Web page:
Numbers and Counting: 100 and up

Les nombres et le calcul

French numbers
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Learn the big French numbers: hundreds, thousands, millions, billions, and trillions.

100 to 999

100   cent
200   deux cents
300   trois cents
400   quatre cents
500   cinq cents
600   six cents
700   sept cents
800   huit cents
900   neuf cents

 French vs English

  • There is no article or number in front of cent when it means one hundred – don’t say un cent.
  • 200 and up require an s at the end of cent.

For "hundred and something" numbers, just say the number of hundreds and then state the rest of the number – there’s no "and" equivalent in the French number.

101   cent un
125   cent vingt-cinq
201   deux cent un
243      deux cent quarante-trois

 When cents is followed by another number, it loses the s: deux cents but deux cent un.

 Listening practice: 100-999

1,000 to 999,999

1,000   mille 1.000 1 000
2,000   deux mille 2.000 2 000
2,500   deux mille cinq cents 2.500 2 000
10,498   dix mille quatre cent quatre-vingt-dix-huit 10.498 10 498

 À noter

  • Mille is invariable – it doesn’t become milles (but see approximate numbers)
  • English uses a comma separator, while French uses a period or a space

 Listening practice

1,000,000 and up

1,000,000 (million)   un million 1.000.000 1 000 000
2,000,000 (two million)   deux millions 2.000.000 2 000 000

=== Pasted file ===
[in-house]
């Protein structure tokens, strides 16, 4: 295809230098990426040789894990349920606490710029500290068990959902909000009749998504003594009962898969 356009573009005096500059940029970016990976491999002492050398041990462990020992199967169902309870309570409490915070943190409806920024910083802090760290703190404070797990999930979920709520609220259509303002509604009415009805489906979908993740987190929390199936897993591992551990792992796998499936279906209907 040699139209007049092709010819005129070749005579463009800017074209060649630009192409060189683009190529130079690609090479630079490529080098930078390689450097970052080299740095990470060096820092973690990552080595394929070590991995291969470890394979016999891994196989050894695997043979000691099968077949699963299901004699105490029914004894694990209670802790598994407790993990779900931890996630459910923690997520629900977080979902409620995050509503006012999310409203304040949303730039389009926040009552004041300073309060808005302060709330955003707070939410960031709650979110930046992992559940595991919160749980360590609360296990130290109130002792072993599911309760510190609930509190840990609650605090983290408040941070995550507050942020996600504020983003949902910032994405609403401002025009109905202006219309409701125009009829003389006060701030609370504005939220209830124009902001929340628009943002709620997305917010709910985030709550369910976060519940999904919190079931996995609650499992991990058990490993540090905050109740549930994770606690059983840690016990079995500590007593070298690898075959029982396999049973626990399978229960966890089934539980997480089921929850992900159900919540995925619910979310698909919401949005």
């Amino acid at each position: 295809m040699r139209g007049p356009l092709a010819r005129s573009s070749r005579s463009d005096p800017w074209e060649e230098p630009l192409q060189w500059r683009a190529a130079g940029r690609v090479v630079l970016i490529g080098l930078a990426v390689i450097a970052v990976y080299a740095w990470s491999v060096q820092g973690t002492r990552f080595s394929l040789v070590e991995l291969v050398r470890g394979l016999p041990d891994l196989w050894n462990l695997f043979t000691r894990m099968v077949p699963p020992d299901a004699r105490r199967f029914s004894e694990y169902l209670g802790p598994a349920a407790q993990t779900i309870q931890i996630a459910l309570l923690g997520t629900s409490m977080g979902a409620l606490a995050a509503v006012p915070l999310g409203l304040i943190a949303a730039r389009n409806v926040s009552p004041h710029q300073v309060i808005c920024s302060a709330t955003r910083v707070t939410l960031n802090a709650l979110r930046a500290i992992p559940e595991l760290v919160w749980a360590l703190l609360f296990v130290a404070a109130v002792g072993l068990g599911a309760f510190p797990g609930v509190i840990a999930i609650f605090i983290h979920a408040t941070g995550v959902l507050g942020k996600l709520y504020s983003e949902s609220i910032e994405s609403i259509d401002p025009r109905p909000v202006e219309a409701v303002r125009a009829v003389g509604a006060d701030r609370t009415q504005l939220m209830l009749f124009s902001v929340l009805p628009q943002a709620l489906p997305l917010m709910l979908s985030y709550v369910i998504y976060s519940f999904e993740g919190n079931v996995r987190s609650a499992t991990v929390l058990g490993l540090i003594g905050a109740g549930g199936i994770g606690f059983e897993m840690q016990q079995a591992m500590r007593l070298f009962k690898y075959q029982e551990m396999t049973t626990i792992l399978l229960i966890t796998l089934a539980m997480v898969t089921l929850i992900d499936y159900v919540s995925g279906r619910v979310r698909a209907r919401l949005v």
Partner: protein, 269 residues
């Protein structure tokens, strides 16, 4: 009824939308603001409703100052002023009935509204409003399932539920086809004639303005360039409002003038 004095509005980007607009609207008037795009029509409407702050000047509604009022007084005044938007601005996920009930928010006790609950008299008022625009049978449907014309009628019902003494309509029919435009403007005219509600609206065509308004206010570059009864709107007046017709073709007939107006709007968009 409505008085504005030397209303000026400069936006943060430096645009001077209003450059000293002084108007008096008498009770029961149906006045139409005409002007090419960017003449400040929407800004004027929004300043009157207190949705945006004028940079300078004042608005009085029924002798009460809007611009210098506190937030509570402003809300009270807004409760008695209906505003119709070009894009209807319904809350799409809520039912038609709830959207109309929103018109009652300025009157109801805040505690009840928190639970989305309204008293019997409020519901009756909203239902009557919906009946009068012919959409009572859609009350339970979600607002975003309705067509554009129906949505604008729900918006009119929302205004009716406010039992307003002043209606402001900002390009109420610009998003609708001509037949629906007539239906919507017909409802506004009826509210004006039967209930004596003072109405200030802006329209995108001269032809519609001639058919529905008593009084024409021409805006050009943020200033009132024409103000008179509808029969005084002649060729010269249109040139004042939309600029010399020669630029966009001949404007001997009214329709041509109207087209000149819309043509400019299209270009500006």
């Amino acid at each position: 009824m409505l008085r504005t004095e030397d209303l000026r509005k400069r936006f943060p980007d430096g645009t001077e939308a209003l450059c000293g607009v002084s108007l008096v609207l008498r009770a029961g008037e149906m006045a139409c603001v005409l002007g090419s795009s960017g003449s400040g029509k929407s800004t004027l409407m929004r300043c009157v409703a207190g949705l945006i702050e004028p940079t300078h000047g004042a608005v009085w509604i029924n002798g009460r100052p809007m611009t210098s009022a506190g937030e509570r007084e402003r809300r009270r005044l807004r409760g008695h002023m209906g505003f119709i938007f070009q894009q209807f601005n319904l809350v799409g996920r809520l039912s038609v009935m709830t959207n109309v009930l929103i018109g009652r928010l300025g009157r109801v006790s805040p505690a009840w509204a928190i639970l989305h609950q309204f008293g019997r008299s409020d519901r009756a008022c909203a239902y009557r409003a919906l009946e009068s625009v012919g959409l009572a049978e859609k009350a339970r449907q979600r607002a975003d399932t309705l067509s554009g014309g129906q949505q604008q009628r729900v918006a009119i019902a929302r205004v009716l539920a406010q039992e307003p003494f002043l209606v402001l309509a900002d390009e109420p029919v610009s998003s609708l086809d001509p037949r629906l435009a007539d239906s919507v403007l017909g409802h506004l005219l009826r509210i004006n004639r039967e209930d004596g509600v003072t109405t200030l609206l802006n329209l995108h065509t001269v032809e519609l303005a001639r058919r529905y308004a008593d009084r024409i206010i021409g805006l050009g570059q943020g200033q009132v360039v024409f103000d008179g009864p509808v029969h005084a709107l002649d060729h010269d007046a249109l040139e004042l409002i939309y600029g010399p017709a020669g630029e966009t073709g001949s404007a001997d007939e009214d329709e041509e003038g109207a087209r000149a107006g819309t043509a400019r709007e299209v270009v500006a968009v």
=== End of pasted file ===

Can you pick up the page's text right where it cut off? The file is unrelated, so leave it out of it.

1,000,000,000 (billion)   un milliard 1.000.000.000 1 000 000 000
1,000,000,000,000 (trillion)   un billion 1.000.000.000.000 1 000 000 000 000
a million books   un million de livres
billions of stars   des milliards d’étoiles

 À noter

  • Million, milliard, and billion take on an s when plural
  • The preposition de is required between the number and any noun
  • Watch out for the faux amis: a billion = un milliard, a trillion = un billion

  Proper pronunciation

Remember that the consonants at the end of cinq, six, huit, and dix are not pronounced when followed by a word that begins with a consonant, such as when saying cinq mille or dix millions. There’s more info about this in Numbers 0-59.

When reciting a long number, you can pause to take a breath at any separator (after mille, million, milliard, or billion)

French lesson plans French lesson plan

 More French numbers

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2 Responses

  1. Charlie LeRoyer 15 November 2016 / 13:16

    Shouldn’t “deux cent un” be “deux cents un” with an “s” on cent?

    • lkl 15 November 2016 / 13:17

      No, please see the comment right below those examples.